ELLSWORTH — City Planning Department staff have made a good start, but as of last Wednesday, Planning Board members weren’t quite ready to send draft regulations on solar and other energy systems to the council for consideration.
The guidelines, which set out to regulate power generating facilities (such as hydro-, wind- or fuel-powered turbines and solar) along with systems to store the generated energy (such as batteries, fly wheels and hydro dams), were proposed in light of the city’s solicitation for a firm to install solar panels at several possible sites. (Officials are also open to other types of renewable energy, including hydroelectric and wind power, but have acknowledged that a solar farm is the most likely scenario.)
On Jan. 8, Planning Board members said the guidelines should focus on solar systems, rather than other power generating facilities, with plans for decommissioning and/or removing the panels at the end of their life, clarifications on height restrictions and more details on how the city would regulate industrial-size battery storage systems.
“I think that’s very critical,” said board member John DeLeo, that if the “developer walks away from the solar farm that the Ellsworth taxpayer’s not stuck with ‘What do we do with 10,000 solar panels?’”
In York, pointed out Janna Richards, who oversees the Ellsworth Planning Department, the city’s ordinance requires that any large-scale solar producer submit a guarantee when the plans are approved that it will pay 150 percent of the estimated demolition cost of the system.
Other municipalities have required developers to put funds in escrow or make other guarantees that they will help dispose of the panels.
Board member Rick Lyles said he thought that 150 percent might be a little high, but wondered if the city could come up with “something in the middle,” that would ensure the city wouldn’t have to pay for disposal or replacement of the panels.
Lyles also raised concerns about height restrictions. As written, the guidelines allow panels “up to 3 feet above a roof,” but don’t specify whether they would be allowed on roofs already at the maximum height or where the 3 feet should be measured from.
“I think you need to be way more specific about your height,” said Lyles. “If this is going to go above a building that’s already at the max, another 3 feet, that’s a lot.”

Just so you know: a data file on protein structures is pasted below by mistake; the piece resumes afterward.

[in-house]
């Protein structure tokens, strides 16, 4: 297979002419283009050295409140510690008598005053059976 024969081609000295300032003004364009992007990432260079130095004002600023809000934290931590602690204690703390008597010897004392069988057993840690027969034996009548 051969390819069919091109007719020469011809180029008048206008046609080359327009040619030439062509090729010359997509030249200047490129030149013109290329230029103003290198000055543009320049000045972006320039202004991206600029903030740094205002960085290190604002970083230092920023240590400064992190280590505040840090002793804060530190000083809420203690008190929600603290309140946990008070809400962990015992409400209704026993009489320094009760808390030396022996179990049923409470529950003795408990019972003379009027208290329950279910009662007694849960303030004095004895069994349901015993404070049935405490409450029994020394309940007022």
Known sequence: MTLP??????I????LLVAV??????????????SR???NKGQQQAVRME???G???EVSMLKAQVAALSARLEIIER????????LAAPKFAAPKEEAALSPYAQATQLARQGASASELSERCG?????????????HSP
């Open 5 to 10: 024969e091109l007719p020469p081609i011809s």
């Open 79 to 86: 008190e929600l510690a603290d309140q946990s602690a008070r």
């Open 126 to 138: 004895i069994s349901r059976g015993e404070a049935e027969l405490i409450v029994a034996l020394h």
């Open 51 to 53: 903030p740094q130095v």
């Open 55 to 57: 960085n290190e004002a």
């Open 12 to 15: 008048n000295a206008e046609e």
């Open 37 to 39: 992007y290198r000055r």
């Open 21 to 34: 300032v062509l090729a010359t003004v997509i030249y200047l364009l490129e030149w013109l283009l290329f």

The city doesn’t count structures such as cupolas in height requirements, but “This is a lot different than a cupola,” said Lyles, “because you could have something that’s the entire length of a residential structure.”
Board members also asked for clarification on energy storage systems, such as batteries.
“If somebody wanted to put in a hydro dam just to make a fish pond,” DeLeo asked, “is that considered an energy storage system?”
As for batteries, the most common storage system for solar energy, ones on a small scale are already allowed, but, “If it’s a battery that you need a trailer to move around then that’s a particular class and you can only have that in particular places,” suggested board member Nelson Geel.
Many large-scale solar systems feed directly into the grid, but some do store energy for off-peak times, said City Manager David Cole.
“There are facilities of large-scale battery storage facilities so they can store the power until the optimal time to put it into the grid, until the air conditioners are cranking up or people are getting home at night in Boston or New York.”
Under the proposal, large-scale solar systems would be allowed in all zones except downtown, the neighborhood zone or in Commerce Park. Small-scale systems would be allowed everywhere except Commerce Park.
“Wind power opens up another can of worms for regulating that I’m not sure we’re ready to do right now,” said City Planner Jef Fitzgerald.
“If we feel like we should have more regulations for wind power then we should do that separately. Some of these things could be fleshed out more.”
Board members voted to table sending the regulations to City Council for approval until changes can be made.